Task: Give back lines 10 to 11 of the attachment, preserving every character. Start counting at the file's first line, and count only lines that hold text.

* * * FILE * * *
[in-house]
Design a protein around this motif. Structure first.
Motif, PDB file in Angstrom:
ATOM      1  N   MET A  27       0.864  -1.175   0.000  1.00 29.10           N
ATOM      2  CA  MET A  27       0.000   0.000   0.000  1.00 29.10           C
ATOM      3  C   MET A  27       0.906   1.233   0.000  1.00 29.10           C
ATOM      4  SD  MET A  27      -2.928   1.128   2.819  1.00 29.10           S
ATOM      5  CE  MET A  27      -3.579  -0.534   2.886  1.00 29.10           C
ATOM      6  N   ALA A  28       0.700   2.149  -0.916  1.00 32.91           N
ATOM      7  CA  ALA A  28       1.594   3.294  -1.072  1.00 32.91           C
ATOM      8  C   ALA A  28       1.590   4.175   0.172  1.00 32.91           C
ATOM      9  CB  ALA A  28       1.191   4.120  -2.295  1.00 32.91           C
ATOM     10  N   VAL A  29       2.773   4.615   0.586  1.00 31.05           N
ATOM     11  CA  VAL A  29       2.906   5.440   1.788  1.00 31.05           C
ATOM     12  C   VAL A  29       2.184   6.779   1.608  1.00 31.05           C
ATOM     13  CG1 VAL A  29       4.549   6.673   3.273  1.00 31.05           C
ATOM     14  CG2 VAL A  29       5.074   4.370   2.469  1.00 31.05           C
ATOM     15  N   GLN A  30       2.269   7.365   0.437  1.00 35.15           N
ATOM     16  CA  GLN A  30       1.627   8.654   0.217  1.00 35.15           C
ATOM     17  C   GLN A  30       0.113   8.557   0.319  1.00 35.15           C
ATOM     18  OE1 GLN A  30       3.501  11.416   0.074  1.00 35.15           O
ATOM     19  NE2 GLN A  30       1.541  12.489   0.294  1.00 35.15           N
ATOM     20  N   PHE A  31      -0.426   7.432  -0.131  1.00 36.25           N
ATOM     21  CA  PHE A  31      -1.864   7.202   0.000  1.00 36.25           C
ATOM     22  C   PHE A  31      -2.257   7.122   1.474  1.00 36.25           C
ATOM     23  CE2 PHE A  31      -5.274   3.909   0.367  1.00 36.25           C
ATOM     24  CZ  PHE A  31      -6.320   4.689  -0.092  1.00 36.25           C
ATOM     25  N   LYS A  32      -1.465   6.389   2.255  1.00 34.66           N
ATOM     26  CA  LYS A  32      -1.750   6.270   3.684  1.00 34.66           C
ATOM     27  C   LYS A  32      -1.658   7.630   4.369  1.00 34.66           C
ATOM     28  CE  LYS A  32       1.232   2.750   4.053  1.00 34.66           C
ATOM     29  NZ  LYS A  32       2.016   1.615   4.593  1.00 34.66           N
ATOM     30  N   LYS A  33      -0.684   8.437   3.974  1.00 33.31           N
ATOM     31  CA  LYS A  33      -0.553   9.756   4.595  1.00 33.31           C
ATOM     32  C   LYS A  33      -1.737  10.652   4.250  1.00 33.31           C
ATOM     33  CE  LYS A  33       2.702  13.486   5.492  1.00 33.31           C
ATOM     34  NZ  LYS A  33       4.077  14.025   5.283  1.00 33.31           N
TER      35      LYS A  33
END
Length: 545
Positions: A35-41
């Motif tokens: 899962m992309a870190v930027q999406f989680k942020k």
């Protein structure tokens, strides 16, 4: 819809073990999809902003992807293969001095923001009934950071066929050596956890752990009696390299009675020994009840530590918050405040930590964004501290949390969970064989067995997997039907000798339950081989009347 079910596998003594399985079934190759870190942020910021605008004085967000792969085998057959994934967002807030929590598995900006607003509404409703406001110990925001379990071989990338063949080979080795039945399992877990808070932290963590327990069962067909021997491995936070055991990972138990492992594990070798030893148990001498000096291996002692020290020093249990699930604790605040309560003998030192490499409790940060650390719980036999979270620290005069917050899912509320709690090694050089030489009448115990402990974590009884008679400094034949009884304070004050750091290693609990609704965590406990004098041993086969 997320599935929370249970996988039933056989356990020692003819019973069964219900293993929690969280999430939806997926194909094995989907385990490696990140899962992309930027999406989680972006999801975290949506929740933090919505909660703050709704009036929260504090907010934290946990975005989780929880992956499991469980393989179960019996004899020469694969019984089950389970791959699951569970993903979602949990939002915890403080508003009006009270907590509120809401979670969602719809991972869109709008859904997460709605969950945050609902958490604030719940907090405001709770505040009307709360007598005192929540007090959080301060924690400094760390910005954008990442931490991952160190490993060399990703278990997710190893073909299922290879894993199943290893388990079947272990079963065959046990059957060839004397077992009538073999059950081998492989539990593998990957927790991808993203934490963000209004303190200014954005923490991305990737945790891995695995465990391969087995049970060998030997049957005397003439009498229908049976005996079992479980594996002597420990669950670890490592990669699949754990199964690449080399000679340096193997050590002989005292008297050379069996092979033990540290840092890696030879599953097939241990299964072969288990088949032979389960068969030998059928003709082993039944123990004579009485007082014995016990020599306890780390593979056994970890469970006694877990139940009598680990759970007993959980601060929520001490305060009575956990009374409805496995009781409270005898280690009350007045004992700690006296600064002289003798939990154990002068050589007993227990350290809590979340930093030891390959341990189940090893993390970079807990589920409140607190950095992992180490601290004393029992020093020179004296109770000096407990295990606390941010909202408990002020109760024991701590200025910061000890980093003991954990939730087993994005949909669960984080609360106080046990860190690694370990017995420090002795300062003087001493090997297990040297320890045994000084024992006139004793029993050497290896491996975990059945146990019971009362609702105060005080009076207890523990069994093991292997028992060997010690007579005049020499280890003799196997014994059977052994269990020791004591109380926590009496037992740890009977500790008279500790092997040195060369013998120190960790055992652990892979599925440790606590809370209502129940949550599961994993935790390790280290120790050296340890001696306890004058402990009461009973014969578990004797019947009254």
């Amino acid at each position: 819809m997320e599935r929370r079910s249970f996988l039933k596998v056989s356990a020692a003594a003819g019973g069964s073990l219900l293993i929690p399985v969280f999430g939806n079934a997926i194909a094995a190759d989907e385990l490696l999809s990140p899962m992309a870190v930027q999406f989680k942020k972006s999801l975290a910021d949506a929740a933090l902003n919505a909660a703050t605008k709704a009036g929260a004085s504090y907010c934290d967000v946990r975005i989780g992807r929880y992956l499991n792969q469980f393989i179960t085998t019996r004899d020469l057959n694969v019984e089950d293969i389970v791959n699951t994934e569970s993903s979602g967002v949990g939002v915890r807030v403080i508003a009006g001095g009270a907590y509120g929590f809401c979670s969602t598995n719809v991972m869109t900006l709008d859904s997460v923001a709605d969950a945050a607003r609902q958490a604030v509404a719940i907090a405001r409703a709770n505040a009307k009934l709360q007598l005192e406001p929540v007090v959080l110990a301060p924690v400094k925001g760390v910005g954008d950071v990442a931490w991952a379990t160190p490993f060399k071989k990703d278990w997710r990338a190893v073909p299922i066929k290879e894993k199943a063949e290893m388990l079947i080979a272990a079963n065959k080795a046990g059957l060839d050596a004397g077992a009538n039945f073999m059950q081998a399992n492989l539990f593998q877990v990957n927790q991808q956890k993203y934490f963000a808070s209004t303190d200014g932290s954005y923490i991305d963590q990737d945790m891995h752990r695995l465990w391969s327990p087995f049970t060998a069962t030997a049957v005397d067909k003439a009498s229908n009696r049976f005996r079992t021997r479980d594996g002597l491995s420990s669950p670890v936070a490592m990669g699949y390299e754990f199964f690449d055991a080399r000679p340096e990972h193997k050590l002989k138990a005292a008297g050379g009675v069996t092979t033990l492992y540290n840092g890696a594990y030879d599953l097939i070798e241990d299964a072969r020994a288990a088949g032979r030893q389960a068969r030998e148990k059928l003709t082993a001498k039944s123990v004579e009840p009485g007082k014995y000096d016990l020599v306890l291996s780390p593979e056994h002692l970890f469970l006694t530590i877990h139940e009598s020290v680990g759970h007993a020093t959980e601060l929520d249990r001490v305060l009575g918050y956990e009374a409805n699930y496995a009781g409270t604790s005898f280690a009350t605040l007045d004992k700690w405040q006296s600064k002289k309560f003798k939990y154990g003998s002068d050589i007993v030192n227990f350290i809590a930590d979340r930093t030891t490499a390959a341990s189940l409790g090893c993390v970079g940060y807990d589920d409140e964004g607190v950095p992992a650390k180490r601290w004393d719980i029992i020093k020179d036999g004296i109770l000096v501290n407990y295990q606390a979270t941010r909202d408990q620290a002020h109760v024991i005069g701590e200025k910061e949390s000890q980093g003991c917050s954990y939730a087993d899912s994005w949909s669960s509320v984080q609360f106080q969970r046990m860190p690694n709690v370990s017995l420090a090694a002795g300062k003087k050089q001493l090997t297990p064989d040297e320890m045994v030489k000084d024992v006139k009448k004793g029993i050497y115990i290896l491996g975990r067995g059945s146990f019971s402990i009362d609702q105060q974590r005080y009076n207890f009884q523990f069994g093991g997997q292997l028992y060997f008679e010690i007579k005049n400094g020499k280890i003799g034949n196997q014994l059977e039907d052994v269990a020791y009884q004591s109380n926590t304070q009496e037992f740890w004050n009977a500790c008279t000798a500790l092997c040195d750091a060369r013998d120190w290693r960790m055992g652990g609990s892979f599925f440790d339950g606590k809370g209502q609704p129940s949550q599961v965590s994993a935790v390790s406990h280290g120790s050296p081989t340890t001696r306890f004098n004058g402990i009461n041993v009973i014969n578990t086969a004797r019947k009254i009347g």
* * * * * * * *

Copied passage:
ATOM      7  CA  ALA A  28       1.594   3.294  -1.072  1.00 32.91           C
ATOM      8  C   ALA A  28       1.590   4.175   0.172  1.00 32.91           C